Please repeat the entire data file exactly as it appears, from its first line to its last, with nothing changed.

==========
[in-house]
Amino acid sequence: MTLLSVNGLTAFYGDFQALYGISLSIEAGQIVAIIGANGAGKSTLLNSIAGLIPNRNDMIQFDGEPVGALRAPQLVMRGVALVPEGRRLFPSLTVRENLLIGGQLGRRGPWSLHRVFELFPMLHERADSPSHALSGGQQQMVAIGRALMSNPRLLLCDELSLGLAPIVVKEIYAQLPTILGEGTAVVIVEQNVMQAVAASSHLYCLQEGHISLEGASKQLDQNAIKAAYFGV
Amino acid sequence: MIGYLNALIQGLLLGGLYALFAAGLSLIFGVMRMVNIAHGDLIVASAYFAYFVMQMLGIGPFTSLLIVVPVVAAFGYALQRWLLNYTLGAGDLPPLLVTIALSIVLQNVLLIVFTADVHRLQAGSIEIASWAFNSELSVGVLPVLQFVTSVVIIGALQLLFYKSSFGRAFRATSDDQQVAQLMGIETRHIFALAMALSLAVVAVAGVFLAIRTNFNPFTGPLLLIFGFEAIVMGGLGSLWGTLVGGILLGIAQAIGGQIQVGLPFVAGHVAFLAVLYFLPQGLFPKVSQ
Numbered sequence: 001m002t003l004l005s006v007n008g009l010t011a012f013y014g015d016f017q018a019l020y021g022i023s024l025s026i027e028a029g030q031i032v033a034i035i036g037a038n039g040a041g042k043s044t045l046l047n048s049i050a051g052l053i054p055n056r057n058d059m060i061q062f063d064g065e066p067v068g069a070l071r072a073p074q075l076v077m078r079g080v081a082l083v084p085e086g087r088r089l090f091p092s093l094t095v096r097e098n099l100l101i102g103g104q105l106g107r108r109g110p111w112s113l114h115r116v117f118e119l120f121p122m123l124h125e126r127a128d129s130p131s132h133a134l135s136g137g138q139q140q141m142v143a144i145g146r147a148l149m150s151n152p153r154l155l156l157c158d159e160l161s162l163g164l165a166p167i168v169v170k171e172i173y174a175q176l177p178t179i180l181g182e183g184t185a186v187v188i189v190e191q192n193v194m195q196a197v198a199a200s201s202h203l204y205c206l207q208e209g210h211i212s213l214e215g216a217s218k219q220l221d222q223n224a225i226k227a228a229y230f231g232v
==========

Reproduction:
[in-house]
Amino acid sequence: MTLLSVNGLTAFYGDFQALYGISLSIEAGQIVAIIGANGAGKSTLLNSIAGLIPNRNDMIQFDGEPVGALRAPQLVMRGVALVPEGRRLFPSLTVRENLLIGGQLGRRGPWSLHRVFELFPMLHERADSPSHALSGGQQQMVAIGRALMSNPRLLLCDELSLGLAPIVVKEIYAQLPTILGEGTAVVIVEQNVMQAVAASSHLYCLQEGHISLEGASKQLDQNAIKAAYFGV
Amino acid sequence: MIGYLNALIQGLLLGGLYALFAAGLSLIFGVMRMVNIAHGDLIVASAYFAYFVMQMLGIGPFTSLLIVVPVVAAFGYALQRWLLNYTLGAGDLPPLLVTIALSIVLQNVLLIVFTADVHRLQAGSIEIASWAFNSELSVGVLPVLQFVTSVVIIGALQLLFYKSSFGRAFRATSDDQQVAQLMGIETRHIFALAMALSLAVVAVAGVFLAIRTNFNPFTGPLLLIFGFEAIVMGGLGSLWGTLVGGILLGIAQAIGGQIQVGLPFVAGHVAFLAVLYFLPQGLFPKVSQ
Numbered sequence: 001m002t003l004l005s006v007n008g009l010t011a012f013y014g015d016f017q018a019l020y021g022i023s024l025s026i027e028a029g030q031i032v033a034i035i036g037a038n039g040a041g042k043s044t045l046l047n048s049i050a051g052l053i054p055n056r057n058d059m060i061q062f063d064g065e066p067v068g069a070l071r072a073p074q075l076v077m078r079g080v081a082l083v084p085e086g087r088r089l090f091p092s093l094t095v096r097e098n099l100l101i102g103g104q105l106g107r108r109g110p111w112s113l114h115r116v117f118e119l120f121p122m123l124h125e126r127a128d129s130p131s132h133a134l135s136g137g138q139q140q141m142v143a144i145g146r147a148l149m150s151n152p153r154l155l156l157c158d159e160l161s162l163g164l165a166p167i168v169v170k171e172i173y174a175q176l177p178t179i180l181g182e183g184t185a186v187v188i189v190e191q192n193v194m195q196a197v198a199a200s201s202h203l204y205c206l207q208e209g210h211i212s213l214e215g216a217s218k219q220l221d222q223n224a225i226k227a228a229y230f231g232v